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Coin Detail
Click here to see enlarged image.
ID:     79000576
Type:     Roman Provincial
Region:     ARGOLIS
City:     Argos
Issuer:     Lucius Verus
Date Ruled:     A.D. 161-169
Metal:     Bronze
Denomination:     2 Assaria
Struck / Cast:     struck
Date Struck:     AD 161-169
Weight:     6.93 g
Die Axis:     8 h
Obverse Description:     Laureate, draped, and cuirassed bust right
Reverse Description:     Elaborate multi-storey structure composed of central rounded arch flanked by distyle pedimented bays joined to the central structure by an arch; above, central architrave supported by four columns and surmounted by two standing figures; on either side, two lower architraves, each surmounted by an equestrian statue
Primary Reference:     BCD Peloponnesos 1195 (same obv. die)
Reference2:     V. Grigorova, “Les reprÉsentations des monuments sur les monnaies d’Argos,” SNR 78 (1999), 18
Reference3:     BMC -
Reference4:     Price & Trell -
Photograph Credit:     Classical Numismatic Group
Grade:     Near VF, brown surfaces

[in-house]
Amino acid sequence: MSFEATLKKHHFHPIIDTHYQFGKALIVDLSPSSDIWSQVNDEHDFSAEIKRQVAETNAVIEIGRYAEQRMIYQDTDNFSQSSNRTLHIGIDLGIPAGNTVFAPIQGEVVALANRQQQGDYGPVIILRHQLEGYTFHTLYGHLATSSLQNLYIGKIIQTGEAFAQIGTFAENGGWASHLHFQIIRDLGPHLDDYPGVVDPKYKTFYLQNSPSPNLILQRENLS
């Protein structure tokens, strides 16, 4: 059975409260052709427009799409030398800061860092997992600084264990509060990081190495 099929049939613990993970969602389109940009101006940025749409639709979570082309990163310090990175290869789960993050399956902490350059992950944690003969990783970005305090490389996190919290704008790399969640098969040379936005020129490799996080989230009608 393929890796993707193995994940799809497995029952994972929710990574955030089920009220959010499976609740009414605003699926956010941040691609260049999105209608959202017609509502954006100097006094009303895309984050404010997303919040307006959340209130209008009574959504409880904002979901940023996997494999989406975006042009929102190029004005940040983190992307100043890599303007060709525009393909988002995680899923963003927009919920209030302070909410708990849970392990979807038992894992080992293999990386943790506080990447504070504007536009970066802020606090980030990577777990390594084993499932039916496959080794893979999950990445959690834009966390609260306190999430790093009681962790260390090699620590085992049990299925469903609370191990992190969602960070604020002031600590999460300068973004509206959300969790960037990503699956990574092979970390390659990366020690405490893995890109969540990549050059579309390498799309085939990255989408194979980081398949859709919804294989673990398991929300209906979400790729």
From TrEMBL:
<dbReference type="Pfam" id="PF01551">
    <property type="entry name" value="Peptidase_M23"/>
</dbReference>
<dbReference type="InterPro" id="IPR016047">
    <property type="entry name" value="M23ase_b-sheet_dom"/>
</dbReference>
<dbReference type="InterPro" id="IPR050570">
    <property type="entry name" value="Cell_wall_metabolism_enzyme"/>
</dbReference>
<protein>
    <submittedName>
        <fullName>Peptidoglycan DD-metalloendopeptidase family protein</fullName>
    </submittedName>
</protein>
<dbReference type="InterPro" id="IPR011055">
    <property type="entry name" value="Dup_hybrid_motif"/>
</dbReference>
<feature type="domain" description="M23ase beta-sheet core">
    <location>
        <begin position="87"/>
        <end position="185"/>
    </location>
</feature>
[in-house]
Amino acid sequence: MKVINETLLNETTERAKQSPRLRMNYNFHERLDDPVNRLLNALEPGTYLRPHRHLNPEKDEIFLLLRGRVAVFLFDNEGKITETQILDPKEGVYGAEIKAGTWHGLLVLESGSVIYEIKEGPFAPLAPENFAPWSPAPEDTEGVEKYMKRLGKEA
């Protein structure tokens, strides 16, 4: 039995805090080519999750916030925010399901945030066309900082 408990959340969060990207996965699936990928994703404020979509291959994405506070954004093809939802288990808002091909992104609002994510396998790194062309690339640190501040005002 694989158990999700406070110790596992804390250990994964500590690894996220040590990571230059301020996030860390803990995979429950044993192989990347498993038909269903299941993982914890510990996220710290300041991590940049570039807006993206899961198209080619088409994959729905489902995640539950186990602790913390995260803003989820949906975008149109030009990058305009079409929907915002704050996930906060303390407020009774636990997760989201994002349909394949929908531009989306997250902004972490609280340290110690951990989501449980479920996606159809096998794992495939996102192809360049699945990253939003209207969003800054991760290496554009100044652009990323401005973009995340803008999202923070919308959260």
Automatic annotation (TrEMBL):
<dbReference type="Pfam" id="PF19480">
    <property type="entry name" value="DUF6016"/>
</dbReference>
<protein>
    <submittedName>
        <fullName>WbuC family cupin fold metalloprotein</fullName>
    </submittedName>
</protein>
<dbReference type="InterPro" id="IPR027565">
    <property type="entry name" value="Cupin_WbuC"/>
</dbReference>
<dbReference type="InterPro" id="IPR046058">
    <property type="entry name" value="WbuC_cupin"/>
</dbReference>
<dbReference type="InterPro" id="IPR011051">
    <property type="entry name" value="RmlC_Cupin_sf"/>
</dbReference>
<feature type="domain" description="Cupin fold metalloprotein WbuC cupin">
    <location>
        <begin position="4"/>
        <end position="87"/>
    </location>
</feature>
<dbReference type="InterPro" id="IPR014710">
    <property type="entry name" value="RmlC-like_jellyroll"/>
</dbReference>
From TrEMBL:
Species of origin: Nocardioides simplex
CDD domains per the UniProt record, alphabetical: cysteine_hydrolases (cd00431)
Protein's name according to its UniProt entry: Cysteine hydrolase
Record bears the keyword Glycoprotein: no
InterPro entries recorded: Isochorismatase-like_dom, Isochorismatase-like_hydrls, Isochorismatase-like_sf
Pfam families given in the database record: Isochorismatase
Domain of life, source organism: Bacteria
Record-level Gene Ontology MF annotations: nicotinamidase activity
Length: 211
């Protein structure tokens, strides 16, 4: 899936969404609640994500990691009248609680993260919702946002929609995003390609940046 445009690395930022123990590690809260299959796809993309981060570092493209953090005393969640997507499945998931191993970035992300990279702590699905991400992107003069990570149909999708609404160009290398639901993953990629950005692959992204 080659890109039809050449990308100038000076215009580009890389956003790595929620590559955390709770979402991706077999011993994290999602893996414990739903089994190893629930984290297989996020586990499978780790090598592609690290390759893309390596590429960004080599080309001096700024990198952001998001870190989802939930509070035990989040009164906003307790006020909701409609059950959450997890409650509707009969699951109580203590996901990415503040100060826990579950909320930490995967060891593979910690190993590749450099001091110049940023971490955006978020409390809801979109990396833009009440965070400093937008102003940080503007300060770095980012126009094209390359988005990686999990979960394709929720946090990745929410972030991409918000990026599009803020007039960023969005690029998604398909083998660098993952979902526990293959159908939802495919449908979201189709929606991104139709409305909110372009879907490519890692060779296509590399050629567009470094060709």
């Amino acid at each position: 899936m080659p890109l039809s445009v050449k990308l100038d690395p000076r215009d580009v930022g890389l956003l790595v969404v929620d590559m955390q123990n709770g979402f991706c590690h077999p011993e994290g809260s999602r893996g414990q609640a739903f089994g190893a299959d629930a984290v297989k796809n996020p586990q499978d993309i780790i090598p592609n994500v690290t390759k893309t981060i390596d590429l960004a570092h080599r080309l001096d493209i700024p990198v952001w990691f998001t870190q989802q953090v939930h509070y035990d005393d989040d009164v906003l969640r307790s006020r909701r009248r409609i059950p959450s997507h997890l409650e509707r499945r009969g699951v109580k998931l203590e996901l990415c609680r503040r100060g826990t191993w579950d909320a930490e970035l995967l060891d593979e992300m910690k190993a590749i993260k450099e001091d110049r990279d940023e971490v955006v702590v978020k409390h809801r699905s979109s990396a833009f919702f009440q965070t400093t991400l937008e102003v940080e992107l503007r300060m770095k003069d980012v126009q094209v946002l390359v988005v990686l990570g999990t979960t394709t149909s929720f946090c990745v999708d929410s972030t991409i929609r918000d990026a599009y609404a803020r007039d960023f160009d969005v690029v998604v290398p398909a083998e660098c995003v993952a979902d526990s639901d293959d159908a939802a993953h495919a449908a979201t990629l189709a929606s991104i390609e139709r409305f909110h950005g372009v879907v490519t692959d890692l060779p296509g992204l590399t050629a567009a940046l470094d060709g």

Notes:     Sale: CNG 79, Lot: 576 Extremely rare, only the third known specimen. From the J.S. Wagner Collection.The architectural feature on the reverse of this coin has been variously described as a city-gate or triumphal arch. The lack of city walls, present in other city-gate types, undermines the hypothesis that this is a city-gate, and, while this may be a triumphal arch, the composition of the structure, particularly of the upper storey, fails to comport with known triumphal arch types depicted widely on provincial coinage. A third possibility is suggested by a little-known 17th century French travel memoir of the area (M. Des Mouceaux,Voyages de Corneille Le Bruyn [Paris, 1668]). There, the author describes the then-extant remains of a nymphaeum, constructed of brick, encrusted with marble, and ending in a semi-circle. It consisted “many levels, with a platform, or terrace, which could be decorated with detached columns at right angles (p. 476).” Much later, this same structure was described as “present[ing] the aspect of a Roman temple’s faÇade (W. Volgraff, “Le flanc oriental de la Larissa,” BCH [1958], p. 542). The composition of the faÇade on this coin is similar to other known examples of nymphaea (e.g. the Septizonium in Rome and the Nymphaeum of Trajan in Ephesus), and it is more than likely that such a structure is depicted on this coin.